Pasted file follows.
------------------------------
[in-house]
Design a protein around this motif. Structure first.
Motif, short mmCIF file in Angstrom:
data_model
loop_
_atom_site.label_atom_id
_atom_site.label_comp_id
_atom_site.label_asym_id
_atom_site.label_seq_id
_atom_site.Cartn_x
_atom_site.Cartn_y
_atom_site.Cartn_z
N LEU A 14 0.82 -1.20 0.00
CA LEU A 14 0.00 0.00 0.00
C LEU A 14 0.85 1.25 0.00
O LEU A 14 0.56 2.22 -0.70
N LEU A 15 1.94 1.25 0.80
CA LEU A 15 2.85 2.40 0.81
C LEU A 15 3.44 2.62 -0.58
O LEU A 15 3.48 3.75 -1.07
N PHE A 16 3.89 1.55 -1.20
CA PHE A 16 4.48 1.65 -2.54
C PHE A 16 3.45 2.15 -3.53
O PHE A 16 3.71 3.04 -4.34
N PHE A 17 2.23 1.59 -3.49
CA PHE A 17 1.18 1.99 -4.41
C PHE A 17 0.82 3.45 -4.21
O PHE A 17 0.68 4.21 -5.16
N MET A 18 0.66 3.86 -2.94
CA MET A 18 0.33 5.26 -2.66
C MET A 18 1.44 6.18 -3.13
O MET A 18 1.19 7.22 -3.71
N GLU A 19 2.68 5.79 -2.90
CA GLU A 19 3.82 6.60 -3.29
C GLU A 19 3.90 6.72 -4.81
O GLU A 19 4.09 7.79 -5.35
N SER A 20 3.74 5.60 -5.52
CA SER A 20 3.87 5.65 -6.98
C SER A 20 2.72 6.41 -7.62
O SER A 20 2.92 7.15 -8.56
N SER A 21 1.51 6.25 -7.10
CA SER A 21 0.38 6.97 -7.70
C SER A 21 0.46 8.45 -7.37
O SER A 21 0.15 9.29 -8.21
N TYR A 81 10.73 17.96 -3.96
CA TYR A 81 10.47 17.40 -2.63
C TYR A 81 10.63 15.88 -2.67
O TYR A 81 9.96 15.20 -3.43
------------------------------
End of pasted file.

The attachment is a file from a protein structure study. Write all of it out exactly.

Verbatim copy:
[in-house]
Design a protein around this motif. Structure first.
Motif, short mmCIF file in Angstrom:
data_model
loop_
_atom_site.label_atom_id
_atom_site.label_comp_id
_atom_site.label_asym_id
_atom_site.label_seq_id
_atom_site.Cartn_x
_atom_site.Cartn_y
_atom_site.Cartn_z
N LEU A 14 0.82 -1.20 0.00
CA LEU A 14 0.00 0.00 0.00
C LEU A 14 0.85 1.25 0.00
O LEU A 14 0.56 2.22 -0.70
N LEU A 15 1.94 1.25 0.80
CA LEU A 15 2.85 2.40 0.81
C LEU A 15 3.44 2.62 -0.58
O LEU A 15 3.48 3.75 -1.07
N PHE A 16 3.89 1.55 -1.20
CA PHE A 16 4.48 1.65 -2.54
C PHE A 16 3.45 2.15 -3.53
O PHE A 16 3.71 3.04 -4.34
N PHE A 17 2.23 1.59 -3.49
CA PHE A 17 1.18 1.99 -4.41
C PHE A 17 0.82 3.45 -4.21
O PHE A 17 0.68 4.21 -5.16
N MET A 18 0.66 3.86 -2.94
CA MET A 18 0.33 5.26 -2.66
C MET A 18 1.44 6.18 -3.13
O MET A 18 1.19 7.22 -3.71
N GLU A 19 2.68 5.79 -2.90
CA GLU A 19 3.82 6.60 -3.29
C GLU A 19 3.90 6.72 -4.81
O GLU A 19 4.09 7.79 -5.35
N SER A 20 3.74 5.60 -5.52
CA SER A 20 3.87 5.65 -6.98
C SER A 20 2.72 6.41 -7.62
O SER A 20 2.92 7.15 -8.56
N SER A 21 1.51 6.25 -7.10
CA SER A 21 0.38 6.97 -7.70
C SER A 21 0.46 8.45 -7.37
O SER A 21 0.15 9.29 -8.21
N TYR A 81 10.73 17.96 -3.96
CA TYR A 81 10.47 17.40 -2.63
C TYR A 81 10.63 15.88 -2.67
O TYR A 81 9.96 15.20 -3.43